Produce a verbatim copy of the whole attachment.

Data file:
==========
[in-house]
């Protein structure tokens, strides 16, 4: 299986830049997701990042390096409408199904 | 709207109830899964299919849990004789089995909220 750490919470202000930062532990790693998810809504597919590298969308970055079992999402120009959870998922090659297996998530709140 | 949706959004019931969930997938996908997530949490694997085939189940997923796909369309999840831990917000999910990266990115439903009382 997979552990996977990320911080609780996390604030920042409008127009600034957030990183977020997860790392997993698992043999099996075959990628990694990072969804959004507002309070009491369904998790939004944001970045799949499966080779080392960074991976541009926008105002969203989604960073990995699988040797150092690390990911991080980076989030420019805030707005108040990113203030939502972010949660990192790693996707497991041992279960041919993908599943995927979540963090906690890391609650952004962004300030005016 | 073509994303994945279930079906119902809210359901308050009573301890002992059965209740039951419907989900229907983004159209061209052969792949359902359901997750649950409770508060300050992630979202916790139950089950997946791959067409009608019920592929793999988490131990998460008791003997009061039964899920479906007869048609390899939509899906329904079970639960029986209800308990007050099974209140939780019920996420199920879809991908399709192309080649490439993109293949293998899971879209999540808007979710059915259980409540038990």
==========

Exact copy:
[in-house]
């Protein structure tokens, strides 16, 4: 299986830049997701990042390096409408199904 | 709207109830899964299919849990004789089995909220 750490919470202000930062532990790693998810809504597919590298969308970055079992999402120009959870998922090659297996998530709140 | 949706959004019931969930997938996908997530949490694997085939189940997923796909369309999840831990917000999910990266990115439903009382 997979552990996977990320911080609780996390604030920042409008127009600034957030990183977020997860790392997993698992043999099996075959990628990694990072969804959004507002309070009491369904998790939004944001970045799949499966080779080392960074991976541009926008105002969203989604960073990995699988040797150092690390990911991080980076989030420019805030707005108040990113203030939502972010949660990192790693996707497991041992279960041919993908599943995927979540963090906690890391609650952004962004300030005016 | 073509994303994945279930079906119902809210359901308050009573301890002992059965209740039951419907989900229907983004159209061209052969792949359902359901997750649950409770508060300050992630979202916790139950089950997946791959067409009608019920592929793999988490131990998460008791003997009061039964899920479906007869048609390899939509899906329904079970639960029986209800308990007050099974209140939780019920996420199920879809991908399709192309080649490439993109293949293998899971879209999540808007979710059915259980409540038990």